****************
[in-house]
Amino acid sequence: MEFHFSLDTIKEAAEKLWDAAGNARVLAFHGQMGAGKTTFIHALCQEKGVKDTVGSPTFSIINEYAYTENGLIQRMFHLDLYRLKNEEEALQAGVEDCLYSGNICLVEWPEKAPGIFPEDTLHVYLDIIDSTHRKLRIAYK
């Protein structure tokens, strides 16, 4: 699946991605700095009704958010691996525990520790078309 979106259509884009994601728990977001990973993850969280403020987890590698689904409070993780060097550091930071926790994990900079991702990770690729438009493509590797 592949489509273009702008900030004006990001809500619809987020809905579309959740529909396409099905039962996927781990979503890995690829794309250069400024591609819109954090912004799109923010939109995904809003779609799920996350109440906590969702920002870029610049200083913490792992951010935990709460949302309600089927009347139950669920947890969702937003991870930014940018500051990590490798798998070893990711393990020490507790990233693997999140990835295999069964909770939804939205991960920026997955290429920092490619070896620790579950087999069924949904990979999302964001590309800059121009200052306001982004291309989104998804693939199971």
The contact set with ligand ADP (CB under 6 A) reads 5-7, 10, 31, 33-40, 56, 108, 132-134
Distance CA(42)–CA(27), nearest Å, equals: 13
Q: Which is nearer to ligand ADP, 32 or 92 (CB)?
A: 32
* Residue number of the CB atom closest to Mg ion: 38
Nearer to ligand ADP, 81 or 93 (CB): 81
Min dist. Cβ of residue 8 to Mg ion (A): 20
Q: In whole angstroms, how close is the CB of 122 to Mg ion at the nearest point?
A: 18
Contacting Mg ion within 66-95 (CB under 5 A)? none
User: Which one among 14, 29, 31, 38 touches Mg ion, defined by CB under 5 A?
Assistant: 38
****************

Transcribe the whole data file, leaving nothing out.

[in-house]
Amino acid sequence: MEFHFSLDTIKEAAEKLWDAAGNARVLAFHGQMGAGKTTFIHALCQEKGVKDTVGSPTFSIINEYAYTENGLIQRMFHLDLYRLKNEEEALQAGVEDCLYSGNICLVEWPEKAPGIFPEDTLHVYLDIIDSTHRKLRIAYK
């Protein structure tokens, strides 16, 4: 699946991605700095009704958010691996525990520790078309 979106259509884009994601728990977001990973993850969280403020987890590698689904409070993780060097550091930071926790994990900079991702990770690729438009493509590797 592949489509273009702008900030004006990001809500619809987020809905579309959740529909396409099905039962996927781990979503890995690829794309250069400024591609819109954090912004799109923010939109995904809003779609799920996350109440906590969702920002870029610049200083913490792992951010935990709460949302309600089927009347139950669920947890969702937003991870930014940018500051990590490798798998070893990711393990020490507790990233693997999140990835295999069964909770939804939205991960920026997955290429920092490619070896620790579950087999069924949904990979999302964001590309800059121009200052306001982004291309989104998804693939199971």
The contact set with ligand ADP (CB under 6 A) reads 5-7, 10, 31, 33-40, 56, 108, 132-134
Distance CA(42)–CA(27), nearest Å, equals: 13
Q: Which is nearer to ligand ADP, 32 or 92 (CB)?
A: 32
* Residue number of the CB atom closest to Mg ion: 38
Nearer to ligand ADP, 81 or 93 (CB): 81
Min dist. Cβ of residue 8 to Mg ion (A): 20
Q: In whole angstroms, how close is the CB of 122 to Mg ion at the nearest point?
A: 18
Contacting Mg ion within 66-95 (CB under 5 A)? none
User: Which one among 14, 29, 31, 38 touches Mg ion, defined by CB under 5 A?
Assistant: 38